4. Fantasies of responsibility and reconciliation:  Children may feel they are responsible for their parents’ separation. They may dream up plans to get their parents to reconcile.
  5. Why don’t you love Mum or Dad anymore?: It is not uncommon for children to ponder this question. Often children will blame the parent who they believe initiated the separation and view the other parent as a victim.
  6. If you do not come home, I will never speak to you again: The purpose of a statement like this is to make the parent feel guilty so that they will return home.
  7. Anger: Children between the ages of 8-16 years can experience intense anger. They can often be most angry with the parent they blame for separation, but they may express anger only towards the parent they view as the ‘safest’, usually the resident parent.
  8. What should I tell my friends?: If you want your child to share the situation with others, you must be able to do the same. Encourage your child to be honest about the situation.
  9. Why are you separating?: Children are more likely to ask this if they have not been given a clear explanation for the separation.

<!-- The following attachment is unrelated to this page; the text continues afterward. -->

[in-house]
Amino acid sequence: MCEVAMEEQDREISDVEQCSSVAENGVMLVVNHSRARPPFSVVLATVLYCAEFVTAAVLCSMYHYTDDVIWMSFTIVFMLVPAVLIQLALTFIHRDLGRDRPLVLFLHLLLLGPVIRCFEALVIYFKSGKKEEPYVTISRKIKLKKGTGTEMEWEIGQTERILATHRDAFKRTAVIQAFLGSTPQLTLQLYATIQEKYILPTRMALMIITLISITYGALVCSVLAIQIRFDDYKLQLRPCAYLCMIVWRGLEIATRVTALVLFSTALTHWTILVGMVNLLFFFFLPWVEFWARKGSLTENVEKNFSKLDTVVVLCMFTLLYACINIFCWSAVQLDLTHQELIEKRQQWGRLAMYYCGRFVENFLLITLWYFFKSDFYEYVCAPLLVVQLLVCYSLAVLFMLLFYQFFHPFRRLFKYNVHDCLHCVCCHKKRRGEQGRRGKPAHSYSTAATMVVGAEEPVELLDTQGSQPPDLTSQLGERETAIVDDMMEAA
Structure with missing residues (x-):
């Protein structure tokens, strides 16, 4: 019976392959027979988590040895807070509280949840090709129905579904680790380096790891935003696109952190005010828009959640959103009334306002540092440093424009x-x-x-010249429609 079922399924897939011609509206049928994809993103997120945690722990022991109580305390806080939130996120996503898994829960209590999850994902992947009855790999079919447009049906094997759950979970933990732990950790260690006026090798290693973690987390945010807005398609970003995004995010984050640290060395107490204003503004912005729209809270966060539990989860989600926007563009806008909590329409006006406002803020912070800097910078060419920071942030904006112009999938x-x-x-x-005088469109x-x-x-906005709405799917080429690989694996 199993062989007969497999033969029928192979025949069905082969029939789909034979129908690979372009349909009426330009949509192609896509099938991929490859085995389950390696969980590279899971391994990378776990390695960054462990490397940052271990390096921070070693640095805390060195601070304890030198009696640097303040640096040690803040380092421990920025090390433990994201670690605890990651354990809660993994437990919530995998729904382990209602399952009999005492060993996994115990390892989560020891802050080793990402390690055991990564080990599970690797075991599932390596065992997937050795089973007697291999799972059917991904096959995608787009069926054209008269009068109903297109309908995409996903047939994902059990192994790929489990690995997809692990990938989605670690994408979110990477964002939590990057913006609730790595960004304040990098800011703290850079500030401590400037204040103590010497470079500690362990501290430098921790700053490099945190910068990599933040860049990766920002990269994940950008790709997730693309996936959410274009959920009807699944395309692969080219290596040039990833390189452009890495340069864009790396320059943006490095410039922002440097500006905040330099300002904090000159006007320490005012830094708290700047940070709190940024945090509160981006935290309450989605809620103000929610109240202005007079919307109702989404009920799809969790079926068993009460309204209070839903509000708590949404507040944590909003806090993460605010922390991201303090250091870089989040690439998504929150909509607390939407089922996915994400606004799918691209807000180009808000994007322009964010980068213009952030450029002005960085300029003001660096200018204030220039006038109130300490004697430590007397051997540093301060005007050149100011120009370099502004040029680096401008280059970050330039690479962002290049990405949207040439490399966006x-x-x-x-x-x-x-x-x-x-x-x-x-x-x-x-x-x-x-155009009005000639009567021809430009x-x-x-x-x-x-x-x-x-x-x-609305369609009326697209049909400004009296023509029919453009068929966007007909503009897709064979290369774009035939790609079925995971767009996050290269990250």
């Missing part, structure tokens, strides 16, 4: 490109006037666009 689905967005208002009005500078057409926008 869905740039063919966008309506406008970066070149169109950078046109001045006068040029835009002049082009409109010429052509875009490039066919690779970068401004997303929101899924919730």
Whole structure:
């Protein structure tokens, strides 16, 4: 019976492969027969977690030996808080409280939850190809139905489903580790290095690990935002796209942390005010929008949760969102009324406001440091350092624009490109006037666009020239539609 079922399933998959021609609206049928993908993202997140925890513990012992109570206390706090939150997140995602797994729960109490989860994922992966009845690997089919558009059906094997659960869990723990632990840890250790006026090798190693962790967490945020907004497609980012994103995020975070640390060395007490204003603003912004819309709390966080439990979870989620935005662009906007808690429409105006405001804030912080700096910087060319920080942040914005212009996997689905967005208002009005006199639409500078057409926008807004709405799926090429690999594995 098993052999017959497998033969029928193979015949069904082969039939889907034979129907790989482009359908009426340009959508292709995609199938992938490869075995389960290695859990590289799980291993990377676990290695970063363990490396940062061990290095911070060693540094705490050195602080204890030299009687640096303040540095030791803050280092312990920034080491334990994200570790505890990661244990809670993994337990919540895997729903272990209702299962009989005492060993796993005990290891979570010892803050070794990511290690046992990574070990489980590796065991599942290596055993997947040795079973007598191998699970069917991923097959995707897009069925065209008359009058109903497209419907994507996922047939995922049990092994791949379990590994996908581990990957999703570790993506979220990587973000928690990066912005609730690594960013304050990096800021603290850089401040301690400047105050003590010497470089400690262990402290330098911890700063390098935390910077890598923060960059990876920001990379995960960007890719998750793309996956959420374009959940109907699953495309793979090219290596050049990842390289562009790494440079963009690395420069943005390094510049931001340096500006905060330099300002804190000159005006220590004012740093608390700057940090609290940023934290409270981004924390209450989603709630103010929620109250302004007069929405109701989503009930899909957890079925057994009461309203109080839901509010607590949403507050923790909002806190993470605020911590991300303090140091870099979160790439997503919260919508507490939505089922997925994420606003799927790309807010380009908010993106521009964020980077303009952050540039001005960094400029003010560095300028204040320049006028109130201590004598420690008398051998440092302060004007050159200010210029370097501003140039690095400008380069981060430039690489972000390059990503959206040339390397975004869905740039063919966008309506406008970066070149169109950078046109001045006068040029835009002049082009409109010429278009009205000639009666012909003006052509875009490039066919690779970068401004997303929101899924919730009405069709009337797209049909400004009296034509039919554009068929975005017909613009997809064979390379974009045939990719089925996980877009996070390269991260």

10. Worry about the future: The child may worry about the future. This is more likely to occur where there is parental conflict around contact and maintenance. Parents need to listen to their child’s worries and talk honestly and openly with them about any concerns.

One Family’s  Family Communications –  Parenting When Separated course starts in May 2019 please see details here.  One Family also offer a range of services to parents sharing parenting or parenting alone after separation. You can find out about them here. If you need support, information or advice, contact our lo-call askonefamilyhelpline on 1890 66 22 12 / support@onefamily.ie.

10 Ways to Survive Sleepless Nights

With a young child, one of the most trying times can be night time.  We all expect to be awake with babies and infants, but what if your child is 3 years of age and still waking you at night? Parents and children need their rest after a long day of work, school, or play, although sleep is often interrupted by a cry for help from another room.  As parents, it’s impossible to ignore our children, yet we all need a good night’s sleep and we want the same for our children as well.  Not getting enough sleep can affect how we parent and many other aspects of our lives. We explore 10 Ways to Survive Sleepless Nights.

  1. If you know to expect that your child might call you during the night, it’s best to just accept it rather than dread it, as children will pick up on your anxiety.
  2. Try to get to bed yourself very early at least 3 nights a week – even if you don’t really feel like it – so you can get hopefully 4-5 hours of continuous sleep before the first call from your child.